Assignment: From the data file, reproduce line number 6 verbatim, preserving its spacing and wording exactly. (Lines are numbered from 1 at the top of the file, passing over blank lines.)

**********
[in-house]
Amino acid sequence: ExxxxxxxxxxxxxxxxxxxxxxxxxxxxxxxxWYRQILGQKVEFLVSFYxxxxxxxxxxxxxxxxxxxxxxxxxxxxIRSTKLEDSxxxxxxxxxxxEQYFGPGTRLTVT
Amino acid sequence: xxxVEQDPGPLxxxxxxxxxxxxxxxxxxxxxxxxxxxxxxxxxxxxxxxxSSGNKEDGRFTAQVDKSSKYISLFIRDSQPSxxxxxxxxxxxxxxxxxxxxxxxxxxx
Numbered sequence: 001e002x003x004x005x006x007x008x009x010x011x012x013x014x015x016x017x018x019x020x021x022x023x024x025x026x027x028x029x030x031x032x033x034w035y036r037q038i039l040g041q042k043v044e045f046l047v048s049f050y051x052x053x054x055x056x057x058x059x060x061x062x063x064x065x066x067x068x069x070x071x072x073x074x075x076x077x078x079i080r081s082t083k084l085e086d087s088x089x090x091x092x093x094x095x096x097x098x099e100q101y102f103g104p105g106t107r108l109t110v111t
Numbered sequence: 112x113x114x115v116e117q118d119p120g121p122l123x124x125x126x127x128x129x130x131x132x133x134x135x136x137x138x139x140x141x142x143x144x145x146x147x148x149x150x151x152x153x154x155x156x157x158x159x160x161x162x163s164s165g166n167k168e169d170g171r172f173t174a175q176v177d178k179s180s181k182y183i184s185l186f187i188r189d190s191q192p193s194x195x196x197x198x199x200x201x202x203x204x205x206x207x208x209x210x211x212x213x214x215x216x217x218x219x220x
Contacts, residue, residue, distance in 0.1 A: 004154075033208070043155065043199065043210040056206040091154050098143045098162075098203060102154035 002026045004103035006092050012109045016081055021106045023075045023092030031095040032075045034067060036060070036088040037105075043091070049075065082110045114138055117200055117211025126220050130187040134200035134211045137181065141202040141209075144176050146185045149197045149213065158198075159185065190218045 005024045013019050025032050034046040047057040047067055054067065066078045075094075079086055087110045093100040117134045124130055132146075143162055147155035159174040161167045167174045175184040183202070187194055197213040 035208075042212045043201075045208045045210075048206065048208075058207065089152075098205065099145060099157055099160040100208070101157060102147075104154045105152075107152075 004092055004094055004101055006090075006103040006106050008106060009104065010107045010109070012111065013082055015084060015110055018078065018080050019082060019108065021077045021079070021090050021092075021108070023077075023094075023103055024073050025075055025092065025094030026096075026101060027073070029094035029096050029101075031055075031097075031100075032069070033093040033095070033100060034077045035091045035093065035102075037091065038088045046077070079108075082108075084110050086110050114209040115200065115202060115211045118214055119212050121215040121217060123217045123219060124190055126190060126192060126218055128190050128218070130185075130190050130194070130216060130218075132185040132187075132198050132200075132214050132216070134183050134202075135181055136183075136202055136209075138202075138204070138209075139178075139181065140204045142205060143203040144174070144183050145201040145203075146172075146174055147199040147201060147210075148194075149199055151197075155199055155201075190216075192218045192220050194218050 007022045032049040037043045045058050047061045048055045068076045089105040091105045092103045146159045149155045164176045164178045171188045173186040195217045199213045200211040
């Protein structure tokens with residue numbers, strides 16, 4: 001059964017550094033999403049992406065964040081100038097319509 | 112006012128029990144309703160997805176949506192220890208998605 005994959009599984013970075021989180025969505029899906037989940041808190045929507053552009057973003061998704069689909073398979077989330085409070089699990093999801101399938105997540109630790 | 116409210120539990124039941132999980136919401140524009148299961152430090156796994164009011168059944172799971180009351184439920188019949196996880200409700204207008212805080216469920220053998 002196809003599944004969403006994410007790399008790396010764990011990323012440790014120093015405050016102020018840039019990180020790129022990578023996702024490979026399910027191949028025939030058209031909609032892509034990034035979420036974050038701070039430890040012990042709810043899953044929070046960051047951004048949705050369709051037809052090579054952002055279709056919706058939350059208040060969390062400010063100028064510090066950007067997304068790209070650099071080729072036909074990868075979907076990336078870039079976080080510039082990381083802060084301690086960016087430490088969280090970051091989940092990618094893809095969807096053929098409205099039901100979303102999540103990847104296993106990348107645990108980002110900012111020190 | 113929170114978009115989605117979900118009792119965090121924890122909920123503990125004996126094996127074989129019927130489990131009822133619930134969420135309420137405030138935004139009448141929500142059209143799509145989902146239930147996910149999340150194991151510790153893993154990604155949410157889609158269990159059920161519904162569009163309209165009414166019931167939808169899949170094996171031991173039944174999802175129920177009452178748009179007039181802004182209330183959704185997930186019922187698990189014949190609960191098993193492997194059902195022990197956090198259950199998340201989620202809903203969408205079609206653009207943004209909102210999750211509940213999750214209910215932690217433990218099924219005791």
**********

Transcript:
Contacts, residue, residue, distance in 0.1 A: 004154075033208070043155065043199065043210040056206040091154050098143045098162075098203060102154035 002026045004103035006092050012109045016081055021106045023075045023092030031095040032075045034067060036060070036088040037105075043091070049075065082110045114138055117200055117211025126220050130187040134200035134211045137181065141202040141209075144176050146185045149197045149213065158198075159185065190218045 005024045013019050025032050034046040047057040047067055054067065066078045075094075079086055087110045093100040117134045124130055132146075143162055147155035159174040161167045167174045175184040183202070187194055197213040 035208075042212045043201075045208045045210075048206065048208075058207065089152075098205065099145060099157055099160040100208070101157060102147075104154045105152075107152075 004092055004094055004101055006090075006103040006106050008106060009104065010107045010109070012111065013082055015084060015110055018078065018080050019082060019108065021077045021079070021090050021092075021108070023077075023094075023103055024073050025075055025092065025094030026096075026101060027073070029094035029096050029101075031055075031097075031100075032069070033093040033095070033100060034077045035091045035093065035102075037091065038088045046077070079108075082108075084110050086110050114209040115200065115202060115211045118214055119212050121215040121217060123217045123219060124190055126190060126192060126218055128190050128218070130185075130190050130194070130216060130218075132185040132187075132198050132200075132214050132216070134183050134202075135181055136183075136202055136209075138202075138204070138209075139178075139181065140204045142205060143203040144174070144183050145201040145203075146172075146174055147199040147201060147210075148194075149199055151197075155199055155201075190216075192218045192220050194218050 007022045032049040037043045045058050047061045048055045068076045089105040091105045092103045146159045149155045164176045164178045171188045173186040195217045199213045200211040